Review: The Dixie Chicks Make Triumphant Return to Dallas After a ‘Long Time Gone’
A number of questions hung in the air as the Dixie Chicks returned to Dallas, Texas, a city with which the band has a complicated history. Dallas is where the band first got its start, but the last time the Chicks were in town, they were the target of death threats, after lead singer Natalie Maines' controversial criticism of then-President George W. Bush at a 2003 performance in London, England.
As such, there were at least a few fans in the crowd at Friday night's (Aug. 5) show who were no doubt holding their breath for what could have been some awkward -- if not downright tense -- moments; after a "long time gone," though, that controversy couldn’t have been further from the minds of most of those assembled in the heat to watch the Chicks make their triumphant return. Tickets to the show had sold out in minutes, a fact that was evident upon seeing the thousands of bodies crammed together on blankets on the Gexa Energy Pavilion lawn.
As the crew assembled the Chicks’ simple stage setup, a sort of frenzied energy took over as the crowd held their smartphones in the air for the first glimpse of the Chicks' arrival. And when Maines and her bandmates, Emily Strayer (formerly Robison) and Martie Maguire, took the stage, the roar from the crowd was the definition of deafening. The trio opened their set with “Taking the Long Way,” a particularly apt introduction; the song may not have the raucous energy of the Chicks' more radio-friendly tracks, but it was an acknowledgment of sorts that they had returned home.
The brazen, almost frenetic energy that made the Chicks famous in the mid-'90s was more evident on their next track, “Lubbock or Leave It.” A searing slam of Maines’ hometown, it's the kind of song that you have to hear the Chicks perform live to fully appreciate. The anger, hurt and cynicism that grows out of being rejected by your own hometown is no more beautifully encapsulated than when Maines spits the lyrics into the mic while Maguire and Strayer shred their instruments alongside her.
The Chicks have made headlines for the covers that have been given a prominent place in their setlists during their current DCX MMXVI World Tour, and for good reason: A cover of “Nothing Compares 2 U” served as a fine, fitting tribute to Prince, complete with a purple backdrop emblazoned with the late pop star's iconic insignia. Also excellent was the Chicks’ take on a slew of Patty Griffin tunes, including the gritty “Don’t Let Me Die in Florida” and “Truth No. 2.”
Some of the band’s deeper cuts, such as “Easy Silence,” were also in the mix, a nod to the die-hard fans in the crowd who had no trouble singing along to every single line. Performances of “Long Time Gone” and “Goodbye Earl” reminded everyone why they’d fallen in love with the Chicks all those years ago: They are equally fearless and almost absurdly talented as musicians; whether or not you agree with their politics, there’s no disputing Maines, Strayer and Maguire’s respective places as some of the best musicians in the history of country music. Not to mention, they were joined by Maines' father, the inimitable Texas musician Lloyd Maines, whose twangy steel guitar riffs bolstered the assemblage of music legends on the stage.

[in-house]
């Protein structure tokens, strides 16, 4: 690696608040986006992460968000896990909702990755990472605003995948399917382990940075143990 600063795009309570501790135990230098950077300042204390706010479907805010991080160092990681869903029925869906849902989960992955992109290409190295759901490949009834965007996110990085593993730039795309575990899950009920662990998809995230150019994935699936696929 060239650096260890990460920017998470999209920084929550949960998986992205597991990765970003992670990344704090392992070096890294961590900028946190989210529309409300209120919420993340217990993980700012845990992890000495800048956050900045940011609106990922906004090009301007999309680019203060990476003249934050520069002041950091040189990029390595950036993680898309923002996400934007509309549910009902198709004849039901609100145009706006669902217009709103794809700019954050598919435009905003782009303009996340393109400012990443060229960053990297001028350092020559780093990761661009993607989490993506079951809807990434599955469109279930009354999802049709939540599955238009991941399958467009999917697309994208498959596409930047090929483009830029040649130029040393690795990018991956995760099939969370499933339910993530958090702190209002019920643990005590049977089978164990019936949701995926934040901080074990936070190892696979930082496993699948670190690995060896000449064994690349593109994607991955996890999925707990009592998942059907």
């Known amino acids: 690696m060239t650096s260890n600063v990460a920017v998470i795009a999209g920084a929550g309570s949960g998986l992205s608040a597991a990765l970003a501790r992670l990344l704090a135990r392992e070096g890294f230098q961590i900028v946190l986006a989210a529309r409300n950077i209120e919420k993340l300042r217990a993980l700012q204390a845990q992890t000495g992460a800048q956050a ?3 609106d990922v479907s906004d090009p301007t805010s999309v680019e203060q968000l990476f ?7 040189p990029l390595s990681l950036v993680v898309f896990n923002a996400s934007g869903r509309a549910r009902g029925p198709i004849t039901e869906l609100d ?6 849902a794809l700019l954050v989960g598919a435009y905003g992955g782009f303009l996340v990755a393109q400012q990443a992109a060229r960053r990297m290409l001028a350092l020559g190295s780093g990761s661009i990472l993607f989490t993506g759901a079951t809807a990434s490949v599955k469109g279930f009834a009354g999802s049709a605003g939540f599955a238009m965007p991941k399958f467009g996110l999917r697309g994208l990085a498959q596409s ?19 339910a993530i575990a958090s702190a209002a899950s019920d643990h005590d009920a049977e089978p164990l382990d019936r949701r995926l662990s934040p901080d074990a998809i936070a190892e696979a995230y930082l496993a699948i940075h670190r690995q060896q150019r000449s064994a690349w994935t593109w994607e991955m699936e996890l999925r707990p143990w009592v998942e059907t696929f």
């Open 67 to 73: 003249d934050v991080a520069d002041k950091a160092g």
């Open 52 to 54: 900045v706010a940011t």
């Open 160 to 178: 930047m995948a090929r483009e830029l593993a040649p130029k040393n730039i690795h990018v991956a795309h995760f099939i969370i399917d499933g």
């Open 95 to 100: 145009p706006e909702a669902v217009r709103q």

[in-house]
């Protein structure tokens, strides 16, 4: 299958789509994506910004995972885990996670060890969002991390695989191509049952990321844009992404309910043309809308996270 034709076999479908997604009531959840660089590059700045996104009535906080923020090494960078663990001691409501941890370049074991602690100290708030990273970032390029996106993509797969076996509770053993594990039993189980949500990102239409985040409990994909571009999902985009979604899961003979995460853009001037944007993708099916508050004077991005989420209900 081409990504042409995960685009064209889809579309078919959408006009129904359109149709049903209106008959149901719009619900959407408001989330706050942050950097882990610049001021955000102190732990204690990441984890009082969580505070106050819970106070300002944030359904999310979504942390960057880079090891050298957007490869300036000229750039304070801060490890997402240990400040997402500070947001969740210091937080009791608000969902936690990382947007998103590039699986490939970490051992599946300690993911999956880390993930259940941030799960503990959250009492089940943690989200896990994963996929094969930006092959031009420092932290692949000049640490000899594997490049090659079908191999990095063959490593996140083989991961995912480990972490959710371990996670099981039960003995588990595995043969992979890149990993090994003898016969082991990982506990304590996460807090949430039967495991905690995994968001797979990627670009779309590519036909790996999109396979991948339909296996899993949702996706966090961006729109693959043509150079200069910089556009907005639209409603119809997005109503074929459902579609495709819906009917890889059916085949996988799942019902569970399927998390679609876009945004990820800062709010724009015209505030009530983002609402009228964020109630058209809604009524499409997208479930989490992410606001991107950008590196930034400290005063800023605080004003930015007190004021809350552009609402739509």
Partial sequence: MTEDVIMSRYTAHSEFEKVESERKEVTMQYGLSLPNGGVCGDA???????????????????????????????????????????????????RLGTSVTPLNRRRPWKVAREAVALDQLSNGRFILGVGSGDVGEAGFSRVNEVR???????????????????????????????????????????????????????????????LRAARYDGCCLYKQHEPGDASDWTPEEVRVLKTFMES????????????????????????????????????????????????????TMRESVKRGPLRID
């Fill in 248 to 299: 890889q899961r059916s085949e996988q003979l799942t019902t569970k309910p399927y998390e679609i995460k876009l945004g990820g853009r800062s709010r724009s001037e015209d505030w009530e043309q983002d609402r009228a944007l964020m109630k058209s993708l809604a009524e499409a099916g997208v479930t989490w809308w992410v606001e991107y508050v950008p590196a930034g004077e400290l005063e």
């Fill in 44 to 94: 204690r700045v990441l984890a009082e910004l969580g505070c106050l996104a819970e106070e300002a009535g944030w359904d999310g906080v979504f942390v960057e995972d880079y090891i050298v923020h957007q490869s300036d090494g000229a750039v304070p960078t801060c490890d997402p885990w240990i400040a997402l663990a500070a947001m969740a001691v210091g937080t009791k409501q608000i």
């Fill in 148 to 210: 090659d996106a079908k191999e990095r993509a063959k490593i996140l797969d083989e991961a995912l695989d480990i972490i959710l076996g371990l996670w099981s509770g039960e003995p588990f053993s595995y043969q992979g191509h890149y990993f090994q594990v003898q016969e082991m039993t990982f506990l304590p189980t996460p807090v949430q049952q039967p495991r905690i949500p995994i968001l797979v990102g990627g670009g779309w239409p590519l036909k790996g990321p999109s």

That said, politics were noticeably absent from the Chicks stage show. Depictions of a devil-horned Donald Trump appeared on the stage's video screens at previous dates of the tour, but the closest the Chicks came to addressing politics was with the video montage that was projected as they ripped through “Ready to Run.” Politicians from all parties -- Ted Cruz, Bernie Sanders, Hillary Clinton and of course, Trump -- were shown dressed up in clown masks. Maines herself chose only to address the oppressive Texas heat, deciding to stay out of the political fray in a city that has historically not been the most open-minded to her views.
Still, there’s no denying just how deeply engaged the Dallas crowd was with the Dixie Chicks: Tears streamed down cheeks, and people danced in the aisles and snapped selfies with the band in the background. During tracks such as “Goodbye Earl” and “Not Ready to Make Nice,” the latter of which came in the encore, it was easier to hear the crowd of 20,000 singing the lyrics than it was to hear the women on the stage. After 10 years away, the love for the Dixie Chicks is perhaps more fervent than it has been since the spunky trio first stormed onto the national stage.
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